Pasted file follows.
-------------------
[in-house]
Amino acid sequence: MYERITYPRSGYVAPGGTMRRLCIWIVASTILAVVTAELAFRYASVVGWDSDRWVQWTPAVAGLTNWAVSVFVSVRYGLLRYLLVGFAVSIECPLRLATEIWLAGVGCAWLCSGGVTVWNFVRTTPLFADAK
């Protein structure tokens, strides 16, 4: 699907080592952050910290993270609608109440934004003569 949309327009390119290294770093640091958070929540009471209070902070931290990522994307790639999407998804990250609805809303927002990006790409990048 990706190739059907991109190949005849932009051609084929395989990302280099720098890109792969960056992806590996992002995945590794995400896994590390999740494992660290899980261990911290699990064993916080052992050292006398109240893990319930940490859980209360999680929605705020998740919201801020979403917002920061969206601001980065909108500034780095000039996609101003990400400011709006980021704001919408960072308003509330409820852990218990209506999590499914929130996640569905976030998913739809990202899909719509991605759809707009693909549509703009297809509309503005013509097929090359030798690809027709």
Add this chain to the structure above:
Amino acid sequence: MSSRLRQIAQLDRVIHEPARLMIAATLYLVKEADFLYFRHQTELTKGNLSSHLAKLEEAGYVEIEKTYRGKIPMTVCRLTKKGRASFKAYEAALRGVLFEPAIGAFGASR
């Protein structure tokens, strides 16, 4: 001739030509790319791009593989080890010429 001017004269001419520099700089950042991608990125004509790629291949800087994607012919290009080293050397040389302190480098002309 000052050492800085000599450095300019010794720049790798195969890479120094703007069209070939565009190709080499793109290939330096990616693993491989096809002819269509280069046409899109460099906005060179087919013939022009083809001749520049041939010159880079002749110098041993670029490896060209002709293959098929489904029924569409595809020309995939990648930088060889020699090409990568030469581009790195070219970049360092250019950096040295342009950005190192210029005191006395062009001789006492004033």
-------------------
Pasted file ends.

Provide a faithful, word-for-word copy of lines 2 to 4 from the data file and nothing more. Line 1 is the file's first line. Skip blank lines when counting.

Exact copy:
Amino acid sequence: MYERITYPRSGYVAPGGTMRRLCIWIVASTILAVVTAELAFRYASVVGWDSDRWVQWTPAVAGLTNWAVSVFVSVRYGLLRYLLVGFAVSIECPLRLATEIWLAGVGCAWLCSGGVTVWNFVRTTPLFADAK
């Protein structure tokens, strides 16, 4: 699907080592952050910290993270609608109440934004003569 949309327009390119290294770093640091958070929540009471209070902070931290990522994307790639999407998804990250609805809303927002990006790409990048 990706190739059907991109190949005849932009051609084929395989990302280099720098890109792969960056992806590996992002995945590794995400896994590390999740494992660290899980261990911290699990064993916080052992050292006398109240893990319930940490859980209360999680929605705020998740919201801020979403917002920061969206601001980065909108500034780095000039996609101003990400400011709006980021704001919408960072308003509330409820852990218990209506999590499914929130996640569905976030998913739809990202899909719509991605759809707009693909549509703009297809509309503005013509097929090359030798690809027709």
Add this chain to the structure above: